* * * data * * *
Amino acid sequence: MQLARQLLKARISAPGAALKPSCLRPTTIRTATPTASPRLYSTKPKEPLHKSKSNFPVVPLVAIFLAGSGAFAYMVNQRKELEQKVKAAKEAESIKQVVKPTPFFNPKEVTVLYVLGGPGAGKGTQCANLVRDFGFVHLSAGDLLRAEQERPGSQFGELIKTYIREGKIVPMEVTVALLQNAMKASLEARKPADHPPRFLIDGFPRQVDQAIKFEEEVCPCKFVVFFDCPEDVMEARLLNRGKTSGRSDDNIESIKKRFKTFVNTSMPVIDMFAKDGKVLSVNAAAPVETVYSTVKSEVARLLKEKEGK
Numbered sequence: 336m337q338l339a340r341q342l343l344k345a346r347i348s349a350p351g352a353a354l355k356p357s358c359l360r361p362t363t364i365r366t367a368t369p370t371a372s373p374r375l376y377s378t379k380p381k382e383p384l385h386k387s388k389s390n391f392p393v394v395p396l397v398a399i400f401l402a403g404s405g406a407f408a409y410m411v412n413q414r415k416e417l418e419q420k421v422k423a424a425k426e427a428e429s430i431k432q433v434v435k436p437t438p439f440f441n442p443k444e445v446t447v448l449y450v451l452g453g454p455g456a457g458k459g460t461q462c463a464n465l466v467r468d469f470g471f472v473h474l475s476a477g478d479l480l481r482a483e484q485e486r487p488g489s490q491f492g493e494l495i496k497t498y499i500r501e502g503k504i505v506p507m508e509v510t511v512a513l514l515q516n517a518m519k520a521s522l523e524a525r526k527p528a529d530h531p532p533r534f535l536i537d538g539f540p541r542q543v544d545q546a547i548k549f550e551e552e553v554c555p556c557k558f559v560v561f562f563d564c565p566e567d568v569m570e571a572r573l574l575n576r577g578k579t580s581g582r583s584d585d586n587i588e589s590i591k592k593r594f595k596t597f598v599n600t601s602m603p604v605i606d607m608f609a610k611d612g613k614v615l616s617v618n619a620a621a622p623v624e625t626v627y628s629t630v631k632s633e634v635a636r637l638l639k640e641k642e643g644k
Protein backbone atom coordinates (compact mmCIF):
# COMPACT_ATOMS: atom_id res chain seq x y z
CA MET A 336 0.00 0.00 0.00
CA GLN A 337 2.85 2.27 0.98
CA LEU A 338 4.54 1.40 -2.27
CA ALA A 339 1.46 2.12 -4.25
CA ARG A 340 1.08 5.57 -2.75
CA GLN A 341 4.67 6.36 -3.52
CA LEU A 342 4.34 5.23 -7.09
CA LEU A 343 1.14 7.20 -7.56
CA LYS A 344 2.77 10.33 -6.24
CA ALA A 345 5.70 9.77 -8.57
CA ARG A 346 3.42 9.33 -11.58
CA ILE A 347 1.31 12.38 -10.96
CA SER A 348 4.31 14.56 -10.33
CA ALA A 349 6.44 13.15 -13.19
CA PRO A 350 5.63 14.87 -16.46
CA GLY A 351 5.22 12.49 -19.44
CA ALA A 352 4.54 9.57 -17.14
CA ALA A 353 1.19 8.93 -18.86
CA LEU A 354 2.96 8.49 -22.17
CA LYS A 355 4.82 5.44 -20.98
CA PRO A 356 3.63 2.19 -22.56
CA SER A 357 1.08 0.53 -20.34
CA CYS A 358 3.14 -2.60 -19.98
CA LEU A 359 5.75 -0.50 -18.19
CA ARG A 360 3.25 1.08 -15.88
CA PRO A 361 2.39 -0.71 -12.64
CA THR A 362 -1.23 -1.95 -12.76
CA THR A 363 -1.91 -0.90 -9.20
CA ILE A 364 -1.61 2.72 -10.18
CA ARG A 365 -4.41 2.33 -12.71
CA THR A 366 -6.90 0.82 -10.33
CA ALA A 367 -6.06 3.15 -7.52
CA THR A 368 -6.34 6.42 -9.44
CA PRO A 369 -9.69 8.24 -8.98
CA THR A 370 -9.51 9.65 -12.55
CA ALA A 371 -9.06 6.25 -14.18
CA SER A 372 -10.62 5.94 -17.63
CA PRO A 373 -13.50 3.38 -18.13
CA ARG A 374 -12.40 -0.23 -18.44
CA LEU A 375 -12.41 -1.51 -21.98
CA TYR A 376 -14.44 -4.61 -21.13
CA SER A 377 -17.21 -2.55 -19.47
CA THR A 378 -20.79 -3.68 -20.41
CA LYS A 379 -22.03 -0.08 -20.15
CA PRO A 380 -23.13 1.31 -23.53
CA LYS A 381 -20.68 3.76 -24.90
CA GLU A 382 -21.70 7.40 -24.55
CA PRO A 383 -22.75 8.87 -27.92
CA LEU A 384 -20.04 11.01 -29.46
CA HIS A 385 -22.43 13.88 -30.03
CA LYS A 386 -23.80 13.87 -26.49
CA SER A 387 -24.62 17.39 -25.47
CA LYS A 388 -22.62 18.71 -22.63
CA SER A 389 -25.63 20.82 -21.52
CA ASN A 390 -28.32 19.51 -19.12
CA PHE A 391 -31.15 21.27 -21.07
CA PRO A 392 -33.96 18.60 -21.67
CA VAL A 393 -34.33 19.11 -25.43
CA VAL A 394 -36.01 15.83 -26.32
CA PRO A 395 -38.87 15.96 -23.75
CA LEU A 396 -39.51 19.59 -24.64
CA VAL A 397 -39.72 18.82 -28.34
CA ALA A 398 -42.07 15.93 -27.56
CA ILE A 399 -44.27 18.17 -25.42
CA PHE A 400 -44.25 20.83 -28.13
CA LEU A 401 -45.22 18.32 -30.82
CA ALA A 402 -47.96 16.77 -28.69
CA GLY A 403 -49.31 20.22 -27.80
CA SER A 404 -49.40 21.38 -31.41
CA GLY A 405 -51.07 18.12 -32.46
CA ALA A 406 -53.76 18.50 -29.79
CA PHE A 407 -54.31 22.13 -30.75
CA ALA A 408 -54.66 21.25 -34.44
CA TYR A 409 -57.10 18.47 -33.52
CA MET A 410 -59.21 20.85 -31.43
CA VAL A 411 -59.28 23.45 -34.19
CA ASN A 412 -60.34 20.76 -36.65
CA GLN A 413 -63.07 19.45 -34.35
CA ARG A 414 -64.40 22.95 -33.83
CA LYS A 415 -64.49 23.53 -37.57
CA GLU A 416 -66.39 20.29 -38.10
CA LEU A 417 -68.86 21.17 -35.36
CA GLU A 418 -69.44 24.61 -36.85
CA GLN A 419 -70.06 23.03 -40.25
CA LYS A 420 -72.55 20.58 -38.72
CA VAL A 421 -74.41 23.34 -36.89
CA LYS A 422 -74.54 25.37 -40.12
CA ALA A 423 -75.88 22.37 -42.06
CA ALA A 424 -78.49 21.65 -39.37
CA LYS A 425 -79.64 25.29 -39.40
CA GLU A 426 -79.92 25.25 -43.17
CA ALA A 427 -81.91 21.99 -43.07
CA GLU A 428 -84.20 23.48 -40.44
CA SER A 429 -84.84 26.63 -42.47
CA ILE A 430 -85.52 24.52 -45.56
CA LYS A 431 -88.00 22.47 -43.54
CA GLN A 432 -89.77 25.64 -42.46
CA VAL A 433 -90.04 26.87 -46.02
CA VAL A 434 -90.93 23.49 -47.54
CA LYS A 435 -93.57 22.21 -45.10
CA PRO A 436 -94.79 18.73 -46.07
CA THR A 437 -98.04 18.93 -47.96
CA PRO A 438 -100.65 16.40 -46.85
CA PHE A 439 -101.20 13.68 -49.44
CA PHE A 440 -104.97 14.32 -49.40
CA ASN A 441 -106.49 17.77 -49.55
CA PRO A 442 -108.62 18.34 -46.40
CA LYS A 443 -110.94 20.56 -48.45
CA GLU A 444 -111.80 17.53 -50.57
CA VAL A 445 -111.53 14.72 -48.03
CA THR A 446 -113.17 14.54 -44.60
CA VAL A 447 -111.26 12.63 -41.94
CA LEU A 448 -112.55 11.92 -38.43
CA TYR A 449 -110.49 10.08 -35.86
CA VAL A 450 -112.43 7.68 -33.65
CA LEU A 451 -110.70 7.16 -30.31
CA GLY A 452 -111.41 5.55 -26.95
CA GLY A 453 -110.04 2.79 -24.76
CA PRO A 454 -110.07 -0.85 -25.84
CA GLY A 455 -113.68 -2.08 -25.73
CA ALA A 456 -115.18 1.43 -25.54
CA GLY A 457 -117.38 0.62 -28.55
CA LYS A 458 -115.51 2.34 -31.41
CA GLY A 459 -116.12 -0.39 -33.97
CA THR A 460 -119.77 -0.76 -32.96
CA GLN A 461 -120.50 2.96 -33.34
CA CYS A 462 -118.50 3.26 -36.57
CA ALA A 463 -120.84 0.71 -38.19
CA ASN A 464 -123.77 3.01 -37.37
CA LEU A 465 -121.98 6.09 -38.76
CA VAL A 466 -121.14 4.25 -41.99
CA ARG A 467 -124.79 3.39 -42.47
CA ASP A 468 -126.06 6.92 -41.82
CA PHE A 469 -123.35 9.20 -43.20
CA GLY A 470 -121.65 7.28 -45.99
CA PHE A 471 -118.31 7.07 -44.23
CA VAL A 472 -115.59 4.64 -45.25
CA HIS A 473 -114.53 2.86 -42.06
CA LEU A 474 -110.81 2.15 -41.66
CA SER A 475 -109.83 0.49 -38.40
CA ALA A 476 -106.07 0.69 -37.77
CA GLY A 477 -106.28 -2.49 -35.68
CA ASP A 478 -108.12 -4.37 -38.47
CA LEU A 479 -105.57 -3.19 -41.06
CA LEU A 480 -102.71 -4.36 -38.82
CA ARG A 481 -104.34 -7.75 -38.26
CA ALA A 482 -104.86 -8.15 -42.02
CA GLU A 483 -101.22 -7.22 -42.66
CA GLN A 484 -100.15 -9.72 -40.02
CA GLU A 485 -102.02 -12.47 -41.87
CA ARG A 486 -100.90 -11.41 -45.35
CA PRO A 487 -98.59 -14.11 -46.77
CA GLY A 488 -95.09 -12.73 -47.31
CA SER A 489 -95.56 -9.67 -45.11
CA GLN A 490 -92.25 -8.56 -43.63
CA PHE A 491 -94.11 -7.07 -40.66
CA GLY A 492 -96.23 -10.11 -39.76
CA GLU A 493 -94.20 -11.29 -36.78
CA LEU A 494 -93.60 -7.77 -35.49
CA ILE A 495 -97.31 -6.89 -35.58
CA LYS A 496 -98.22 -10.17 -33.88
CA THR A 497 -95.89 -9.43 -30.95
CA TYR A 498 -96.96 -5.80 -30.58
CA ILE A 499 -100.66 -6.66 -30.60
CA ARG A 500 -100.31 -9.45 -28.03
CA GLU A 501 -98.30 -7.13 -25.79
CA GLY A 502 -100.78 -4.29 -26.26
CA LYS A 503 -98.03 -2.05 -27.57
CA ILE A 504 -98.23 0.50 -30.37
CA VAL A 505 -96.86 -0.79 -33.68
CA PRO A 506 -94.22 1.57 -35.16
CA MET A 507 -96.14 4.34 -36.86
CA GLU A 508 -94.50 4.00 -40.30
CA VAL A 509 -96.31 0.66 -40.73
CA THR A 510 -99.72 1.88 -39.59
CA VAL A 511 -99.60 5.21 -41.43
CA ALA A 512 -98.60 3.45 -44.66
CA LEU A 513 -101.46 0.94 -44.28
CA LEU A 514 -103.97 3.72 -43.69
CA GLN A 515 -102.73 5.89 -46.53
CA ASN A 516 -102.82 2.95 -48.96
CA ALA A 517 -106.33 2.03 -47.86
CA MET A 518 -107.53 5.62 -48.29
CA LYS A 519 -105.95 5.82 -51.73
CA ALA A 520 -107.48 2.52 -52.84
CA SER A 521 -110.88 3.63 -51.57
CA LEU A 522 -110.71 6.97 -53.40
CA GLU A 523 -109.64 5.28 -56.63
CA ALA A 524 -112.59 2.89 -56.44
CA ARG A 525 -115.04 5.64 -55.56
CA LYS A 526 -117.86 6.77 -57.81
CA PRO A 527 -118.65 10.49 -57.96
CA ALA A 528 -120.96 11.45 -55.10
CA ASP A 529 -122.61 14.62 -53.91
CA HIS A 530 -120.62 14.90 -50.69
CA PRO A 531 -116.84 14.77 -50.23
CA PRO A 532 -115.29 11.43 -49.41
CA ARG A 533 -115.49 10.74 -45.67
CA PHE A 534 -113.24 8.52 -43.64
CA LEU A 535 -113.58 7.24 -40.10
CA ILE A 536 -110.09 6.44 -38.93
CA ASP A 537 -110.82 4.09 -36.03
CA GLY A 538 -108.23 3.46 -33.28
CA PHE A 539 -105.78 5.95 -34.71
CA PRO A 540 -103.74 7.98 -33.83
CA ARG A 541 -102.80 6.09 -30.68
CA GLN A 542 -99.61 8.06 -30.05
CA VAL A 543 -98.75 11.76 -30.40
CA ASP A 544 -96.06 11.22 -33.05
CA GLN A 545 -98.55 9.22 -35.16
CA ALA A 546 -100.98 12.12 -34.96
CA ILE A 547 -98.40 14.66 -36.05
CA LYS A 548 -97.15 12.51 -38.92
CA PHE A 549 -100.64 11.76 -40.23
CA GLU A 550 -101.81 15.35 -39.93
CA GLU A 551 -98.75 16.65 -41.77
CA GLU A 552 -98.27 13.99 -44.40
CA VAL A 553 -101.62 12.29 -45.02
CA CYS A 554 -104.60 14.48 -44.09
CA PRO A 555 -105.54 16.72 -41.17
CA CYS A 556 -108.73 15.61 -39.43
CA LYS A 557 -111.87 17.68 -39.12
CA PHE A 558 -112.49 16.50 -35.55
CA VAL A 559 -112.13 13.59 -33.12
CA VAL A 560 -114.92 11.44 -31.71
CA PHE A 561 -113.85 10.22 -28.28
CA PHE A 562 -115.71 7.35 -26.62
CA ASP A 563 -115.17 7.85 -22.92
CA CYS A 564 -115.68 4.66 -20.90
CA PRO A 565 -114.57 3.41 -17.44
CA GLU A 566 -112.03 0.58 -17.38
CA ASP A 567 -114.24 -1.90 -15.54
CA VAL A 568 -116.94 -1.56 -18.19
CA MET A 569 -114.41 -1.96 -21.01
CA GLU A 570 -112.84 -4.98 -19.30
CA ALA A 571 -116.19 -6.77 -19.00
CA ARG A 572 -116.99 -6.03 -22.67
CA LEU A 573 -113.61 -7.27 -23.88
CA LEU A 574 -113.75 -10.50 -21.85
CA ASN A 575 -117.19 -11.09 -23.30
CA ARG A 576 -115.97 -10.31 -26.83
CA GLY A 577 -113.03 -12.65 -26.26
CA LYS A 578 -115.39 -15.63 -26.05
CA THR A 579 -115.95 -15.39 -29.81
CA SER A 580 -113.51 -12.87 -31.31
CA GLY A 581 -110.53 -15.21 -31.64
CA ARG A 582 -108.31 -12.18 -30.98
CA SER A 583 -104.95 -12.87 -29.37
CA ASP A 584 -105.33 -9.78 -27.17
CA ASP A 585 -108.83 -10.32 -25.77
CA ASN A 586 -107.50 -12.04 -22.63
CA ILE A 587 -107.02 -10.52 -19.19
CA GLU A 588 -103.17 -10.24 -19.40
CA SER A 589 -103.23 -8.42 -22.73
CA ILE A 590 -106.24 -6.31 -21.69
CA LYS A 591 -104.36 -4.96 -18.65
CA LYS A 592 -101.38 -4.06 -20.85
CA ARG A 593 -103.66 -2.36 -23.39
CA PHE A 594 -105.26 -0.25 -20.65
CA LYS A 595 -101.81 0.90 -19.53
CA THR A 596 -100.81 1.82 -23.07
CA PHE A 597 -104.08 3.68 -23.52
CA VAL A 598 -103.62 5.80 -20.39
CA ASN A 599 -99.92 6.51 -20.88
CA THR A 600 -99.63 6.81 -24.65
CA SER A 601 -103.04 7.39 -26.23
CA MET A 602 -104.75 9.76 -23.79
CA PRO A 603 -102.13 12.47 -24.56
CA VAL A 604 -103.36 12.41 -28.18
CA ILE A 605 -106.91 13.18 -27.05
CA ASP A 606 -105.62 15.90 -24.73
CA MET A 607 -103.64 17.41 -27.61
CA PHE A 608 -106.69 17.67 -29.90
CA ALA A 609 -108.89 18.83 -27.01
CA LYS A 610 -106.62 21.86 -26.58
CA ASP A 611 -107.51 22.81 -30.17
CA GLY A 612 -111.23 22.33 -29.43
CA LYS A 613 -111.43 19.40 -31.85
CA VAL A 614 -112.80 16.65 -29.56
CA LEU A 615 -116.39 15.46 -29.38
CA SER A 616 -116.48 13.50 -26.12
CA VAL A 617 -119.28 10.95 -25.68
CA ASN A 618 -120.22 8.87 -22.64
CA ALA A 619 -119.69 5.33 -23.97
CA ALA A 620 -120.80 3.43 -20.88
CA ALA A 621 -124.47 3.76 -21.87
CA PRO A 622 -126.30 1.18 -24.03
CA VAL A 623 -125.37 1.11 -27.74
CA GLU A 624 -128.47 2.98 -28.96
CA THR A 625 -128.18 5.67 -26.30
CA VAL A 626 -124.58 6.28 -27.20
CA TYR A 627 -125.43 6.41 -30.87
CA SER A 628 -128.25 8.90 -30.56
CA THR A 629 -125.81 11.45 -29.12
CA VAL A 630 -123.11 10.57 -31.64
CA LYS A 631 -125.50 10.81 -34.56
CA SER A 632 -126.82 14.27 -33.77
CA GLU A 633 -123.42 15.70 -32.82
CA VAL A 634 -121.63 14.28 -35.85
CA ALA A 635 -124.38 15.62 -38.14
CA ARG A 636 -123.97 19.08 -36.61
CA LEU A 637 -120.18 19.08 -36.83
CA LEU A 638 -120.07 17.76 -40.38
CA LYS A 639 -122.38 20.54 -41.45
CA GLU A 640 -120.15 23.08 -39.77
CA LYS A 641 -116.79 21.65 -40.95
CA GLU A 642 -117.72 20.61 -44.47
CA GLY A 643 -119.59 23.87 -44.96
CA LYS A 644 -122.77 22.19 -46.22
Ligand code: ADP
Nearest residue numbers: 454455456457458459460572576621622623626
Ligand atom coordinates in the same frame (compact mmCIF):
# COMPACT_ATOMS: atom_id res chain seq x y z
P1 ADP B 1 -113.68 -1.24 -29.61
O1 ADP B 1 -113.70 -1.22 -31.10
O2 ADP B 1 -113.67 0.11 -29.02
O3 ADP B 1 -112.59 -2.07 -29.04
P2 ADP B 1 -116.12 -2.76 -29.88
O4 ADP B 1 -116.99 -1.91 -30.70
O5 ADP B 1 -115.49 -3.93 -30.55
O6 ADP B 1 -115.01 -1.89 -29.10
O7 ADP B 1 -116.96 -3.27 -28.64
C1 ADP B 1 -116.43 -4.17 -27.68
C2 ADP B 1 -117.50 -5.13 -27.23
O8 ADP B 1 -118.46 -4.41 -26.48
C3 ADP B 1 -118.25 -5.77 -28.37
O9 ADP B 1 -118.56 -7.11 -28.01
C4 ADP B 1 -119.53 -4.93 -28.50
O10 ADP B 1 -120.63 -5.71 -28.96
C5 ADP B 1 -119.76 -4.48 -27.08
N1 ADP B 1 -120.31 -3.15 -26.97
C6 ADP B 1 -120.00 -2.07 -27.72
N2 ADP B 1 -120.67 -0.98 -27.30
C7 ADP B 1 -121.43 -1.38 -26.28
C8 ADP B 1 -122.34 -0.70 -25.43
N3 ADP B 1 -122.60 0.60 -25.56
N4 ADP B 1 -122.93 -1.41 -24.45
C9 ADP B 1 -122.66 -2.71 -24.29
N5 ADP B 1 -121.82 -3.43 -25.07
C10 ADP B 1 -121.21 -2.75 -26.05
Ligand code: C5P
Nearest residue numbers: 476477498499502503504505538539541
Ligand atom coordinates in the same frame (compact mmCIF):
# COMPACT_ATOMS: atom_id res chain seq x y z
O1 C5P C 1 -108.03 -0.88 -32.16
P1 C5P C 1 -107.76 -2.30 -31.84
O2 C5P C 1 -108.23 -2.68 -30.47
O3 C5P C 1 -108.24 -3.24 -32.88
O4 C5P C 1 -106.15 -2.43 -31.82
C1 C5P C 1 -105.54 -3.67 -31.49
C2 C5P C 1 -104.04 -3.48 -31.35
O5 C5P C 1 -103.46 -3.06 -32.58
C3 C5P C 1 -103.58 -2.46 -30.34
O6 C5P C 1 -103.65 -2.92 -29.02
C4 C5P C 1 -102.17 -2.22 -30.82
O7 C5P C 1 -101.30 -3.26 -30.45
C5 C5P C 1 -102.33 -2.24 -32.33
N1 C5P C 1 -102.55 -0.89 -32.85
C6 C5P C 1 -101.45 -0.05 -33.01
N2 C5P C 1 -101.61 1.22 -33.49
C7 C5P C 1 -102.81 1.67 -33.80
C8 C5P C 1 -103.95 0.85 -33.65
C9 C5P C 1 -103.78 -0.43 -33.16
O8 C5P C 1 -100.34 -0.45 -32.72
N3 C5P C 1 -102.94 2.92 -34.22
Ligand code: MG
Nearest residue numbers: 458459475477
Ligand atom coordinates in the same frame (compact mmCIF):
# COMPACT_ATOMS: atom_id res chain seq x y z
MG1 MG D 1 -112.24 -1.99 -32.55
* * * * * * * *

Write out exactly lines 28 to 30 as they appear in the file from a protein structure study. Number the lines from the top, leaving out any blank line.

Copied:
CA LEU A 359 5.75 -0.50 -18.19
CA ARG A 360 3.25 1.08 -15.88
CA PRO A 361 2.39 -0.71 -12.64